Hawaii has wonderful weather, spectacular sightseeing and bountiful beaches. But one thing Hawaii does not have is legal gambling. That means no sports betting, either, although Hawaii lawmakers have explored the possibility.
Alas, recent efforts to introduce sports betting legislation have not met with much enthusiasm. That said, it remains possible Hawaii could introduce sports betting in the future.
If it did, it is likely online sports betting would be an option, perhaps even the only option, as it is in Tennessee. That’s because without any other forms of gambling on the islands, the lack of established retail locations could encourage lawmakers to explore the mobile option for sports betting.
Here is an overview of gambling in Hawaii (or the lack thereof) and the prospects for sports betting eventually finding its way to the Aloha State.
Along with Utah, Hawaii is one of two states in the US with absolutely no legal gambling.
Hawaii officially became the 50th state in 1959. Gambling was never legal, but in 1972 a statute was added to state law that specifically criminalized gambling.
There are no casinos, no sportsbooks, no poker rooms, no racetracks and no state lottery in Hawaii. You cannot gamble on cruise ships parked on coasts around the islands. There is no tribal gambling, either.
In fact, Hawaii specifically outlaws daily fantasy sports, too. In early 2016, then Hawaii Attorney General Douglas Chin wrote an opinion declaring DFS illegal under state law. Thus sites like DraftKings and FanDuel do not serve players in Hawaii.
Some forms of “social gambling” are allowed in Hawaii. That essentially means small “home games” that cannot take place at commercial establishments and where the games are fair to all and no one takes a fee.
Over the decades there have been attempts by state lawmakers to introduce gambling legislation, but none has succeeded.
Probably the most notable of these attempts was a House bill proposed in 2010 that would have amended the state’s constitution to legalize casinos. However the bill never made it out of committee. Later efforts to legalize online gambling met with a similar fate.
In 2018 a ruling by the US Supreme Court did away with the federal prohibition against states other than Nevada offering sports betting. The following year lawmakers in both the Hawaii House and Senate introduced sports betting-related bills.
The bills went nowhere in 2019. But both of them were carried over into the 2020 legislative session.
One of the bills would create a task force “to examine and make recommendations on the economic feasibility of implementing sports gambling in Hawaii.” The bill had multiple sponsors and was referred to multiple committees, but proceeded no further.
The other bill proposed creating a regulatory body called the Hawaii Sports Wagering Corp. The bill would authorize the corporation to “offer a regulated, secure and responsible framework for the conduct of sports wagering in Hawaii.”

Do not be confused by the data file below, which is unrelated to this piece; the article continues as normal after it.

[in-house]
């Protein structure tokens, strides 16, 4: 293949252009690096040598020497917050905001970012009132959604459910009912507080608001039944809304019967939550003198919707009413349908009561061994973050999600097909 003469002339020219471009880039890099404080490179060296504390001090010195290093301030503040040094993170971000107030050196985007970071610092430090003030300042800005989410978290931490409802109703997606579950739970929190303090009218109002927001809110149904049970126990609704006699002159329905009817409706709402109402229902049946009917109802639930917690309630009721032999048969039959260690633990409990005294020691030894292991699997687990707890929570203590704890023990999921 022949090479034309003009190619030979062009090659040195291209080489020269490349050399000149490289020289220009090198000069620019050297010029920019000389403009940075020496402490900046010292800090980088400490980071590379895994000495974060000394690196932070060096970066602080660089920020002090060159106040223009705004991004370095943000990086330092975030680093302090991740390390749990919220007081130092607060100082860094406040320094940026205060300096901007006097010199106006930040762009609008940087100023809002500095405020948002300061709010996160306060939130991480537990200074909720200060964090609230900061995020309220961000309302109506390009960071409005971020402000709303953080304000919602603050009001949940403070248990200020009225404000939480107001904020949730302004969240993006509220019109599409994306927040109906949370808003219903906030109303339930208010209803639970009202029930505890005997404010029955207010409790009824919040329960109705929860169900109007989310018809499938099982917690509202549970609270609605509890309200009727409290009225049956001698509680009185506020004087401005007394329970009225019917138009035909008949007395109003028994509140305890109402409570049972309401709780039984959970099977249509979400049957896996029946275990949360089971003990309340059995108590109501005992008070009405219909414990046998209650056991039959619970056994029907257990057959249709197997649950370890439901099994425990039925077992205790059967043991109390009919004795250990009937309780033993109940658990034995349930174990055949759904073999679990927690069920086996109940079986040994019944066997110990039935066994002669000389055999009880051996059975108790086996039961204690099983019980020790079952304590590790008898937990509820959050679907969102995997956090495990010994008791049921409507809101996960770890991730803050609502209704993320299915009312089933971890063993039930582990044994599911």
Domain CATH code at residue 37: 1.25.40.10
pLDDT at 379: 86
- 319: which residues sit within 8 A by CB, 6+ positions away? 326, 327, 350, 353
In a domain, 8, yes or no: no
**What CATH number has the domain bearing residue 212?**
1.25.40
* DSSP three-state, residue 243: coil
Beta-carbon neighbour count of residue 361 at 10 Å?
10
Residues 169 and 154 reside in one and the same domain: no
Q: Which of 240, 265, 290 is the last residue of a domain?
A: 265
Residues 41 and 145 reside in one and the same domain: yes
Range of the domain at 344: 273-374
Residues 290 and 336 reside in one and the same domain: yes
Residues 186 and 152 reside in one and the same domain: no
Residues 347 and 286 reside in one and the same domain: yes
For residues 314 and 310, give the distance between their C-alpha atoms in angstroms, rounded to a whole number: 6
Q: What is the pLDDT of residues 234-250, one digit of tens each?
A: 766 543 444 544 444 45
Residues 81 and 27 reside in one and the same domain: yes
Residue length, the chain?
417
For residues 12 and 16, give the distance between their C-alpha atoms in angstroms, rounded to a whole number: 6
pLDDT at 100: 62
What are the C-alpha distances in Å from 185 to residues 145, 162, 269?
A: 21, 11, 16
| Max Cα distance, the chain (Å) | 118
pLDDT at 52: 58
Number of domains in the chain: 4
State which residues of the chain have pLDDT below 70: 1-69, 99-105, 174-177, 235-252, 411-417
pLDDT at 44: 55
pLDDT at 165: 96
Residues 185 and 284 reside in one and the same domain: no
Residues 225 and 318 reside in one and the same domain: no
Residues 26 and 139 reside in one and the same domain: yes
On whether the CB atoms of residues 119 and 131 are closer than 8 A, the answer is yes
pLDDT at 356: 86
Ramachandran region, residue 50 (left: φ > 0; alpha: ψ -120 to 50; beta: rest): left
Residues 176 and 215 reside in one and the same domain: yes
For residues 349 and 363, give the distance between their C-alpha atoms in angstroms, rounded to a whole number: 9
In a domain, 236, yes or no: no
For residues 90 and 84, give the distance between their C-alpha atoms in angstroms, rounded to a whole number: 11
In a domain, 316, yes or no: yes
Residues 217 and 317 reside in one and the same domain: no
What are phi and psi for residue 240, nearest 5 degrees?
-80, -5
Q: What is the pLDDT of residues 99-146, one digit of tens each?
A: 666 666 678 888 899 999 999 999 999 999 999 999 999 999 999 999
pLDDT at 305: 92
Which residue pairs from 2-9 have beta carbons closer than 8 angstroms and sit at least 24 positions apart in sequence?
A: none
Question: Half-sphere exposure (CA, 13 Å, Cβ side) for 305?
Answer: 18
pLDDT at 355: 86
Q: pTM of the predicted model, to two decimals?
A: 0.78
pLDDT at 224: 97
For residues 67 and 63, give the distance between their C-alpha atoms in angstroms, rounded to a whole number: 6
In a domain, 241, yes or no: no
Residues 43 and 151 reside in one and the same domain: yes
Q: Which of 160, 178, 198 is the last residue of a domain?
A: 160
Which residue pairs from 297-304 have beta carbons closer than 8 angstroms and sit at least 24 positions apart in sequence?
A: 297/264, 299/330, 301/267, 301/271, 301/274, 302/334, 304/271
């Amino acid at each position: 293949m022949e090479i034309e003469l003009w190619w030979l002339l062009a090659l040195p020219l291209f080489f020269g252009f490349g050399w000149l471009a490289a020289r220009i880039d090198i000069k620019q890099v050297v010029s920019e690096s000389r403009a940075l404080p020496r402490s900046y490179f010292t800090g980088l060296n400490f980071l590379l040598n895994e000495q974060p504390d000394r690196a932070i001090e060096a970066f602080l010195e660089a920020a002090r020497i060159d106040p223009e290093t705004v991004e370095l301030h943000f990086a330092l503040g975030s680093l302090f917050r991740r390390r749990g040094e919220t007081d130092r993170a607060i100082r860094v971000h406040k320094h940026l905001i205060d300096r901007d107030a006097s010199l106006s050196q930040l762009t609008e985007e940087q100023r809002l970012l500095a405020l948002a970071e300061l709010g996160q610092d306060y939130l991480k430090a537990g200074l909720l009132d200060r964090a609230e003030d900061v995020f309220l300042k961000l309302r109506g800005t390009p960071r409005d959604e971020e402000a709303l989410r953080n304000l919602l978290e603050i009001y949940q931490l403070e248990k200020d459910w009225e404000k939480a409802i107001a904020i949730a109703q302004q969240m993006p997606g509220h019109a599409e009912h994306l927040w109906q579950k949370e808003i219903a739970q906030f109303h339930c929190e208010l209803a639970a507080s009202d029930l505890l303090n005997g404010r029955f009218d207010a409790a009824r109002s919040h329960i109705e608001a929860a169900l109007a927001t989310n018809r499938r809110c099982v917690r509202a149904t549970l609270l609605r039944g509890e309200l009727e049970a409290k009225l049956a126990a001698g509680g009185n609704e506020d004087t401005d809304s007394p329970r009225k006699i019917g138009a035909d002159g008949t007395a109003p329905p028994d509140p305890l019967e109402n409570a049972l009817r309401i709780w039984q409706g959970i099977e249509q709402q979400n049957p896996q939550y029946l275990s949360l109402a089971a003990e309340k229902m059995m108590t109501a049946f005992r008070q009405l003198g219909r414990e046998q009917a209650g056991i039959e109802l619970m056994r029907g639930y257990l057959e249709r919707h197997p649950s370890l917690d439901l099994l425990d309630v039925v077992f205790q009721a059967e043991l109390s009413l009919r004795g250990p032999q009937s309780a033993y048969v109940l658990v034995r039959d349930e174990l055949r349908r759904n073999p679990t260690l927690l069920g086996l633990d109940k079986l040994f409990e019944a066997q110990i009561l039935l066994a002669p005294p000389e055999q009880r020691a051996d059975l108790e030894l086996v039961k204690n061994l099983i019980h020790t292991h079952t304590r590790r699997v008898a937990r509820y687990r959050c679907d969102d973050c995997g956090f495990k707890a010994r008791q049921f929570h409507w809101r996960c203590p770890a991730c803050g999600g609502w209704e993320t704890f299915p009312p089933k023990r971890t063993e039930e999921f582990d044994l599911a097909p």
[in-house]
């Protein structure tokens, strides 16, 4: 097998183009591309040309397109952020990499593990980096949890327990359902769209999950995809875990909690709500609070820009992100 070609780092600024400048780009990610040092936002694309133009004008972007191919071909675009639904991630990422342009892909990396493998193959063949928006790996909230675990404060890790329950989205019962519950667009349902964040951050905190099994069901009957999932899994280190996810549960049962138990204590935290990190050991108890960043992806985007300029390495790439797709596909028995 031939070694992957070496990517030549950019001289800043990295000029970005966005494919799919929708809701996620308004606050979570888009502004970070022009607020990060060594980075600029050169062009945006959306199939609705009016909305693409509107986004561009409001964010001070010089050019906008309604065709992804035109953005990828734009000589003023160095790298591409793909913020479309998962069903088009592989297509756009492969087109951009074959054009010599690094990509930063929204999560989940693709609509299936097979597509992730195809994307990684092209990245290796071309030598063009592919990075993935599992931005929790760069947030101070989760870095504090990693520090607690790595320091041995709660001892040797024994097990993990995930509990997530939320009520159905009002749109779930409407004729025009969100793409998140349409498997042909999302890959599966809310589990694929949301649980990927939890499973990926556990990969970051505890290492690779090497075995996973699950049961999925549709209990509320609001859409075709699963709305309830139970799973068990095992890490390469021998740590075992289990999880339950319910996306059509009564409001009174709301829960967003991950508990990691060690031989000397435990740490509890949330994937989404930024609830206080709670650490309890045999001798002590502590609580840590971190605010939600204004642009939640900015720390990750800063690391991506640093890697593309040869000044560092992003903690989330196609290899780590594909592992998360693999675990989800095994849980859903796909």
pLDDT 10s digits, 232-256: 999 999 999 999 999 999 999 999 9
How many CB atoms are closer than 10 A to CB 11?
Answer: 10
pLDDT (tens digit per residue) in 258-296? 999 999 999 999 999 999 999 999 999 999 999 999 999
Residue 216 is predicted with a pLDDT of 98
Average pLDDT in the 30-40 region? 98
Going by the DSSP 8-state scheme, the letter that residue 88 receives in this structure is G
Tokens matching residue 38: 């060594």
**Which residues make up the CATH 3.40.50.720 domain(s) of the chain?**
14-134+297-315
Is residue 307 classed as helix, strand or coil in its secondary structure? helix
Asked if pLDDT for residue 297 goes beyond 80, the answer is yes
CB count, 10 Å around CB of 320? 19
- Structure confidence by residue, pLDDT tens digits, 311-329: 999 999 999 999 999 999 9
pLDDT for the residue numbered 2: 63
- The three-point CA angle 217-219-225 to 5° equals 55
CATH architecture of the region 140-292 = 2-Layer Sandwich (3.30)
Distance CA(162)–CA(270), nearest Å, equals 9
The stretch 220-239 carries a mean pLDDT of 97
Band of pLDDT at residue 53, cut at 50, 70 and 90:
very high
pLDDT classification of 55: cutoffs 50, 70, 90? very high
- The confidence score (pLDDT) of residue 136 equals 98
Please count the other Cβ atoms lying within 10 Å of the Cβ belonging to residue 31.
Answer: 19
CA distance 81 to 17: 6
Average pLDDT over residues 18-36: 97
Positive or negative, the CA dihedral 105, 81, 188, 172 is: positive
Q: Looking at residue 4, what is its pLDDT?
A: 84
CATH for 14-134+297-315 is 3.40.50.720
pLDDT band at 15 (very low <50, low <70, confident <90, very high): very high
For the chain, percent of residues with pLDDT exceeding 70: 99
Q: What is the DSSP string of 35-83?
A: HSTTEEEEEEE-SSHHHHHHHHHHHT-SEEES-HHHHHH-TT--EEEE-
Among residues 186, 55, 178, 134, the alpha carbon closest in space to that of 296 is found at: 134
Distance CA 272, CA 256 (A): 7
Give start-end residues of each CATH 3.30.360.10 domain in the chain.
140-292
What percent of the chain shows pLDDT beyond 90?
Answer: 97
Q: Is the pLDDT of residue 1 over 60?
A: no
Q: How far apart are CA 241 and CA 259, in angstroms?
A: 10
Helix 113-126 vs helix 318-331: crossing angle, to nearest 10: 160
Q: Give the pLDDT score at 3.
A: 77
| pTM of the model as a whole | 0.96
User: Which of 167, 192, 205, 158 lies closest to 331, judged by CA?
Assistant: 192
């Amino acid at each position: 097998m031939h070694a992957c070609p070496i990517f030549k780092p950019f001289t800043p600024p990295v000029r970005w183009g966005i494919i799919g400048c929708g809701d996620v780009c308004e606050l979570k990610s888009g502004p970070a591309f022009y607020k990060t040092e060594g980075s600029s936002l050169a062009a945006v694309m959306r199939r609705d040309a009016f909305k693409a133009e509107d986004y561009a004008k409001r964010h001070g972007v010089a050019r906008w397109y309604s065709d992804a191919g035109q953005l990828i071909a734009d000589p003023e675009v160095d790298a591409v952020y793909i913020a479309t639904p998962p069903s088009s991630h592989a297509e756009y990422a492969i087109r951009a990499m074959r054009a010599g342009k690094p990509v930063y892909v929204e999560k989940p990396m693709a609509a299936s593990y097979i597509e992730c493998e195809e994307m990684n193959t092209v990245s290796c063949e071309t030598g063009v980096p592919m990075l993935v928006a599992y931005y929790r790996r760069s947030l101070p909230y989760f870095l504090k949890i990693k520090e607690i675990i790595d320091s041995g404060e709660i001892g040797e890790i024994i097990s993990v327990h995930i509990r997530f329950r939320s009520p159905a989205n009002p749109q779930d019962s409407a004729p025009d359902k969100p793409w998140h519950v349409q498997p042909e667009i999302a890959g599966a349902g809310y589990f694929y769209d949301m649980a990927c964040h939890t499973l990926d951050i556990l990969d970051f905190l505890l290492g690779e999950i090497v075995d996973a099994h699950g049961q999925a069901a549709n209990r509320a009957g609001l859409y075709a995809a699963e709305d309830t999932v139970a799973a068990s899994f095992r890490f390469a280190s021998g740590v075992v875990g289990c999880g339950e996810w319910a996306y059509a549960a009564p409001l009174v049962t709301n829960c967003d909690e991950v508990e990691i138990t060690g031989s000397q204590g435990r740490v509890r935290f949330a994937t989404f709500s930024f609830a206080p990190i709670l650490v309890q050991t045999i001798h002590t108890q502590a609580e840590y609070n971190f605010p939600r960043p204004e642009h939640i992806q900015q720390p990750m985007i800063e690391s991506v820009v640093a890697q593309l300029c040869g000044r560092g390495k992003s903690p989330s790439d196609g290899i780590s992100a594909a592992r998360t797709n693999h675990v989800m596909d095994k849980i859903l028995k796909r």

The bill would also revise existing statutes to legalize sports betting and charge the regulating body to create rules, issue licenses and ensure the integrity of the new US sports betting market. That bill also had a number of lawmakers sponsoring it, though it also failed to make it out of any committees.
It is safe to assume state lawmakers will continue to discuss sports betting going forward. However, there is no great push at present to pass such legislation.
Given the time required to finalize rules, issue licenses and complete other administrative necessities, even if sports betting were to be legalized quickly, it likely could not go live until 2022 at the earliest.
In truth, that would be a very optimistic timeline. In fact, recent legislation has included a proposal to create a task force to study sports betting before moving ahead to legalize it. That would add another year at least to the process of sports betting becoming legal in Hawaii.
Given that there are no casinos or other venues in the state offering legal betting of any kind, it is hard to say where exactly retail sportsbooks could find a home in Hawaii.
As mentioned above, the situation somewhat resembles Tennessee, a state without any casinos that now has legal sports betting. In Tennessee, lawmakers opted to make sports betting an entirely online endeavor. The same might be a possibility in Hawaii should the state entertain legalizing sports betting.
None at present. As noted above, all forms of gambling are illegal in the state, including sports betting and daily fantasy sports.
You might see offshore sportsbooks that operate online claiming to be “legal” in Hawaii. These sites are not licensed either in Hawaii or the United States. Thus those who place wagers on them have no recourse should the site fail to pay out winnings or close accounts and make off with bettors’ funds.
If you’re looking for silver linings, here is one. Hawaii has no sports betting, but it doesn’t have any professional sports franchises on which fans might have wanted to place wagers.
The state has one football team competing at the NCAA Division I FBS level, the University of Hawaii Rainbow Warriors.
The school also has an NCAA Division I men’s basketball team. The schools’ women’s teams are the Rainbow Wāhine.
Not only are there no racetracks in Hawaii, you cannot go online and bet on horse racing, either. That’s against the law, too. Therefore, advance wagering deposit sites like BetAmerica, TVG and TwinSpires cannot serve Hawaii bettors.
There is no legal sports betting in Hawaii. When it comes to “social gambling,” those who participate must be at least 18 years old (the “age of majority” in Hawaii).
The House bill introduced in 2020 that would have legalized sports betting proposed creating a regulatory body called the Hawaii Sports Wagering Corp. That bill failed, but presumably, if sports betting became legal, the state would install a similar group to oversee it.